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Film in Stock: Films to watch on Netflix

Though it’s not what it used to be, Netflix has a great selection of films. This week, I have highlighted five of my top choices currently available for streaming. All of the following films are radically different from each other, so hopefully there is something for everybody. The first two offer unexplored stories, while the last three titles are a good access point if you are a stranger to documentary films. 

“The Way He Looks” by Daniel Ribeiro

If you are looking for a charming coming-of-age love story, look no further. This 2014 Brazilian film follows Leo, a blind teenager, navigating his first crush and the subsequent fallout of his affection. The strength of “The Way He Looks” is its subtlety. Youth isn’t exploited or oversimplified, but portrayed accurately as a toned-down mess. At the same time, this is a no-stress movie if you’ve had a long week and just want to pretend you’re a teenager in Brazil for a couple hours. If you liked last year’s “Call Me By Your Name,” “The Way He Looks” offers similarities in its slow-burning pace but is more subdued in its characters and plot.

“Tangerine” by Sean Baker

If you liked Sean Baker’s 2017 “The Florida Project,” “Tangerine” (2015) offers a bit of stylistic difference. Famous for being filmed exclusively on iPhones, Kitana Kiki Rodriguez brilliantly plays a Black trans sex worker navigating life after incarceration. “Tangerine” offers a stark contrast to “The Way He Looks” — it doesn’t do subtlety. From the sound mixing to the collaged camera framing and panning, Baker will keep you engaged not only with a strong plot, but also with visuals and sounds that reflect its setting. At the same time, “Tangerine” is self-aware enough to know what it’s doing, and I admire this film’s balancing of rawness with stylistic integrity. This film will give you “Trainspotting” vibes in a contemporary, American context.

“Last Men in Aleppo” by Feras Fayyad

This Oscar-nominated 2017 documentary humanizes the civilians on the frontlines of the Syrian Civil War, forcing viewers to abandon the abstraction in which they think of humanitarian crises. “Last Men in Aleppo” follows the “White Helmets,” a group of Syrian civilians who have taken it upon themselves to save people from rubble and the general catastrophe of an aerial bombing. Be warned that this film is very visually and emotionally graphic, but, at the same time, that’s the strength of what this documentary offers: truth that challenges the dominant strain of complacency. Fayyad accomplishes the goal of documentary embedded in the genre’s name. “Last Men in Aleppo” serves as documentation of how people are forced to deal with the consequences that result from the decisions of others.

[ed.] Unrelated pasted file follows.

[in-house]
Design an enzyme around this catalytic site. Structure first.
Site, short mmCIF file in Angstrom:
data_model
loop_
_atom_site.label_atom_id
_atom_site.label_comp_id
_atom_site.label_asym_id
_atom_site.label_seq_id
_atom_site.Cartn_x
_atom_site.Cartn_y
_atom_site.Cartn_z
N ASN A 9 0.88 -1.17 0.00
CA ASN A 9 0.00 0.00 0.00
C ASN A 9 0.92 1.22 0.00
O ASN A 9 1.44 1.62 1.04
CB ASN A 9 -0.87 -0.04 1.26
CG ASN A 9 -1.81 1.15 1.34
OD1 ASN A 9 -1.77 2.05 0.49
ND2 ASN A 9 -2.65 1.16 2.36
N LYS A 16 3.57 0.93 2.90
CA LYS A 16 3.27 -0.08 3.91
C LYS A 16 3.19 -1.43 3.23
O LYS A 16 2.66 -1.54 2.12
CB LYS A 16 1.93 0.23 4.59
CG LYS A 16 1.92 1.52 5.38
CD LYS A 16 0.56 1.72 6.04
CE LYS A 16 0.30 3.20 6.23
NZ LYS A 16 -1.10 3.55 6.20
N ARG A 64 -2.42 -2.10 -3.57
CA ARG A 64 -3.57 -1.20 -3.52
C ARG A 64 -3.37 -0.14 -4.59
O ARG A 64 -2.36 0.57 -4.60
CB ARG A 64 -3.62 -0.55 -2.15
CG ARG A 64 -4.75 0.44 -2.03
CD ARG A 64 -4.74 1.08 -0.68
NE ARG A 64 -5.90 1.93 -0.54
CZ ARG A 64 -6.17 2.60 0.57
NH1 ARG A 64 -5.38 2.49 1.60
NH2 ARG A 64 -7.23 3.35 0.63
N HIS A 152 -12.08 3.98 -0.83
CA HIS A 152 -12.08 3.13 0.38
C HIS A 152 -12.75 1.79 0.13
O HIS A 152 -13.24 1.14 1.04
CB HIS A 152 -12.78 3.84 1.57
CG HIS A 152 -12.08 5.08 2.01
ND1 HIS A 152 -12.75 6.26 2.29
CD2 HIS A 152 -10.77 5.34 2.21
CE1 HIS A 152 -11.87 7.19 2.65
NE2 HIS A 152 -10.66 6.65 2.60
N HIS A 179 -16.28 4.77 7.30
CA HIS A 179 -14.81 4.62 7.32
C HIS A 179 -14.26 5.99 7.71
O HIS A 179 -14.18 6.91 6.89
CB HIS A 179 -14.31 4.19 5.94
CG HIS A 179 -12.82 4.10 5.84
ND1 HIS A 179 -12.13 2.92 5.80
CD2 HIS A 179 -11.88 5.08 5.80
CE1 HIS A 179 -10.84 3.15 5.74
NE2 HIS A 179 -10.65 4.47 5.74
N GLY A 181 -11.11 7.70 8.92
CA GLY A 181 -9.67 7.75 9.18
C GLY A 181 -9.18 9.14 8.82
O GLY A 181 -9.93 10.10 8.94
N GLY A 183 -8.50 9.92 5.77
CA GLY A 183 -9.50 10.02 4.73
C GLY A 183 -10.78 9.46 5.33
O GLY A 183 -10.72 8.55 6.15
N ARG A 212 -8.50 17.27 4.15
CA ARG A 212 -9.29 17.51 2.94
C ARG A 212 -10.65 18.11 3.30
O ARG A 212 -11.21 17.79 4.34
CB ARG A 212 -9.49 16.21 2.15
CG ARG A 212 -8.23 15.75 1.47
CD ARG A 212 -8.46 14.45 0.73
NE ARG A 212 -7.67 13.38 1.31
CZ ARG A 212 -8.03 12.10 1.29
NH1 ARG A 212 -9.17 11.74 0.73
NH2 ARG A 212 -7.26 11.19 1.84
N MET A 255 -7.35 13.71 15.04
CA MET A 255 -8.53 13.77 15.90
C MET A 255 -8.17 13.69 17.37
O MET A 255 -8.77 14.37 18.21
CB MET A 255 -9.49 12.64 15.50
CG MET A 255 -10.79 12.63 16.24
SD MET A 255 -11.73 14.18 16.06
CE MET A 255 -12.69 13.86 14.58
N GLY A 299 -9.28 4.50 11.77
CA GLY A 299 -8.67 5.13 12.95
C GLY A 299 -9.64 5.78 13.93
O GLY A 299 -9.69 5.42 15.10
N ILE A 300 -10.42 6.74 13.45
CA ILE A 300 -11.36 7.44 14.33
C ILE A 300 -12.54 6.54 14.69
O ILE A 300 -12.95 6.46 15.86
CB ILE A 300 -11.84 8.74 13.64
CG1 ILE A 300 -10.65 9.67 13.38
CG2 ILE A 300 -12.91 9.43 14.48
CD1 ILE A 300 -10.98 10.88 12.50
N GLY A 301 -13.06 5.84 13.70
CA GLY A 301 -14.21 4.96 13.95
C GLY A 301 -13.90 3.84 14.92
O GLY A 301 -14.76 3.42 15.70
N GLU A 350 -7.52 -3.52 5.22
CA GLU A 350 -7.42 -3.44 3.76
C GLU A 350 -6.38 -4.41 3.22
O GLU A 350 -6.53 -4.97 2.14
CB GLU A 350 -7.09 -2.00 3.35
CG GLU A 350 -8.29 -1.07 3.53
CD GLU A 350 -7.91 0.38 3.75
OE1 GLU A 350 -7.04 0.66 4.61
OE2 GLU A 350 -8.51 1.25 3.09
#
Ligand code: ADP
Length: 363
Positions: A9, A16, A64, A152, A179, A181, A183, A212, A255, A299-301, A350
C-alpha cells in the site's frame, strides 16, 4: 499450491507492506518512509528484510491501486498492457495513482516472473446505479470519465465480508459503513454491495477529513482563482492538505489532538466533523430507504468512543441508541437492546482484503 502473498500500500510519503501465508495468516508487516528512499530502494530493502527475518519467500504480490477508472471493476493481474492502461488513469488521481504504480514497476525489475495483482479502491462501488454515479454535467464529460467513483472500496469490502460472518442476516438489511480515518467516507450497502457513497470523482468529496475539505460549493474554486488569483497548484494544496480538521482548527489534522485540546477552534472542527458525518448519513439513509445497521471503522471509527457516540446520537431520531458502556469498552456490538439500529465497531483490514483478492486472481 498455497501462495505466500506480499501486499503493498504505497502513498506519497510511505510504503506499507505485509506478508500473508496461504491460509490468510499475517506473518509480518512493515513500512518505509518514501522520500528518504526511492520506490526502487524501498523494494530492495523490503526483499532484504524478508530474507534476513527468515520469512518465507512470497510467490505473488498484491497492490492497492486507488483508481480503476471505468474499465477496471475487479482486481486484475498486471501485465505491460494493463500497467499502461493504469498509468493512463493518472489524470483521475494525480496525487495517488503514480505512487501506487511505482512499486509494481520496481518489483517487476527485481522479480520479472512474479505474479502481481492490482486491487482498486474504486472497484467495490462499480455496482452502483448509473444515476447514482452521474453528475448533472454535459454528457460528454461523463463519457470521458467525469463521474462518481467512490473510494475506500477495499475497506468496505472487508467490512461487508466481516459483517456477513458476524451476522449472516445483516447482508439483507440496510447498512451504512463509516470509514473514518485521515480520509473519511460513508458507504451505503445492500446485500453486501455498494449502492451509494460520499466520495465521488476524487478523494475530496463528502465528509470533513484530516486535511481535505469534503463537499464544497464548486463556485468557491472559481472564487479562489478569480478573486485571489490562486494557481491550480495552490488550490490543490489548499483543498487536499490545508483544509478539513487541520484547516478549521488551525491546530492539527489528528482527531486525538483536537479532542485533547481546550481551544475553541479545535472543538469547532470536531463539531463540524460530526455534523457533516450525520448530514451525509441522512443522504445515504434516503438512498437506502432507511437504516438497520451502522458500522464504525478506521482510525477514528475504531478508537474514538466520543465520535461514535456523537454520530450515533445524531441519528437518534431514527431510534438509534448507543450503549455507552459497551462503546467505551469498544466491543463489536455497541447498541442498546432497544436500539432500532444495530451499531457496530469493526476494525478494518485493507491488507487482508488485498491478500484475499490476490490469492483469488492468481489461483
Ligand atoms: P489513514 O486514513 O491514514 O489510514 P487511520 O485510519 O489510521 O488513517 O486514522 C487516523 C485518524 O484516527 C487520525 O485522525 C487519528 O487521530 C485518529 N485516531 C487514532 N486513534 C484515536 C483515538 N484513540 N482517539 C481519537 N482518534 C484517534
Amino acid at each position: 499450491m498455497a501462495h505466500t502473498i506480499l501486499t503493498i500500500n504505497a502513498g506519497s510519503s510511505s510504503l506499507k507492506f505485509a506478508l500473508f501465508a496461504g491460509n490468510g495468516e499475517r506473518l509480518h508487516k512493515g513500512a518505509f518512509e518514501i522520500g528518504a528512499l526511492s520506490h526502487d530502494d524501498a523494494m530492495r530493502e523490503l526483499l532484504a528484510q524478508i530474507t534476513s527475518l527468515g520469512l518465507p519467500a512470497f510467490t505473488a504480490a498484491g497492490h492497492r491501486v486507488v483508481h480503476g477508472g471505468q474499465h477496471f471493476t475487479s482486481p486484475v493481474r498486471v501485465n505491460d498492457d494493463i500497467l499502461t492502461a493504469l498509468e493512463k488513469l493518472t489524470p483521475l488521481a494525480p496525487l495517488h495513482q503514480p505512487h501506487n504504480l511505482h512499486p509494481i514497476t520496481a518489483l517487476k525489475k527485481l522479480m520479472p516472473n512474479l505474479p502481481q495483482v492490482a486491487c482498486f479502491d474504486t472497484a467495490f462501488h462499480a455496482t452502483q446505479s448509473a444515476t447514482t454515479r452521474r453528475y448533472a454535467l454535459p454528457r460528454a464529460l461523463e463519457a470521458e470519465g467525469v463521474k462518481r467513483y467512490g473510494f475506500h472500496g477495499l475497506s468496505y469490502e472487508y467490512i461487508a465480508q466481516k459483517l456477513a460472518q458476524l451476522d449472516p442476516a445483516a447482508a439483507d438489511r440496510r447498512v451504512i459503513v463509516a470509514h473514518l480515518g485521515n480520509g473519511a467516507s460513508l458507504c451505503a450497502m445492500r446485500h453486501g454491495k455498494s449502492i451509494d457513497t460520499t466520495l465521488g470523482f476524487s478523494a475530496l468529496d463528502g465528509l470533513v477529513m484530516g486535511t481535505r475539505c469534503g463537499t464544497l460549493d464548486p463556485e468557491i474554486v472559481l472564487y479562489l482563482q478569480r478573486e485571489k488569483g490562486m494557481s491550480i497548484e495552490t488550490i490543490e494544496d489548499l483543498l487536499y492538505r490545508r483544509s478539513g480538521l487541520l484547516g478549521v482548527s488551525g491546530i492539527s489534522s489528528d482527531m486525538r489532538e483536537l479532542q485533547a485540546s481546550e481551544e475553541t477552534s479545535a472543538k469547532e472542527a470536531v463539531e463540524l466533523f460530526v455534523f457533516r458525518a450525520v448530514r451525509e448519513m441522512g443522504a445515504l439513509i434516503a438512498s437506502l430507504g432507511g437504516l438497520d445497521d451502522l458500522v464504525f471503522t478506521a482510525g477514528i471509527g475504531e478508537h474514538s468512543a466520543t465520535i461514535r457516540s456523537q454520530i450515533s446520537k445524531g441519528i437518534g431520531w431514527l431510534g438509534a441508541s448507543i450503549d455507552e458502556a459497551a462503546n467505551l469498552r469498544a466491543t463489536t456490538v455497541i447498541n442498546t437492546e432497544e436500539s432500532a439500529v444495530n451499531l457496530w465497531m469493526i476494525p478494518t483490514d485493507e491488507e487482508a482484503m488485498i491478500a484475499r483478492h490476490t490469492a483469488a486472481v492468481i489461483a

“The Wolfpack” by Crystal Moselle

I am a bit biased in my evaluation of 2015’s “The Wolfpack,” because the documentary itself is about the personal and collective value of film. A quick synopsis couldn’t really do it justice, but, to give a brief overview, “The Wolfpack” follows a New York family of seven siblings who were restricted from leaving their house except for a few times a year. To fill time, the children would create costumes, settings and props in order to replicate their favorite scenes from films, including Quentin Tarantino’s “Reservoir Dogs,” Tim Burton’s “Nightmare Before Christmas” and Christopher Nolan’s “The Dark Knight.” This documentary doesn’t really do anything out of the ordinary stylistically, but stands that fascinating subjects can carry a film. In short, “The Wolfpack” exists somewhere between “Grey Gardens,” “The Brady Bunch” and “The Room.”

“Best of Enemies: Buckley vs. Vidal” by Morgan Neville and Robert Gordon

To be honest, this documentary is probably my most watched film on Netflix. If you are looking for (what I consider to be) a generally light hearted film, “Best of Enemies” (2015) is definitely the easiest watch, second only to “The Way He Looks,” the first film on this list. This documentary follows the 1968 televised debates between liberal commentator Gore Vidal and his conservative counterpart, William F. Buckley. But, underneath, “Best of Enemies” explores how the personal is political and the political is personal. Additionally, our current political circumstances start to make much more sense in context of chaotic nature of 1968. If you are in the mood for a laugh followed by several bouts of anger, alight here. Also, if you are new to the documentary genre, “Best of Enemies” is a great place to start.

Further notable Netflix mentions include: “Pariah” by Dee Rees, “Meru” by Jimmy Chin and Elizabeth Chai Vasarhelyi, “Christine” by Antonio Campos and “Frances Ha” by Noah Baumbach.

— Martha Beliveau ’20

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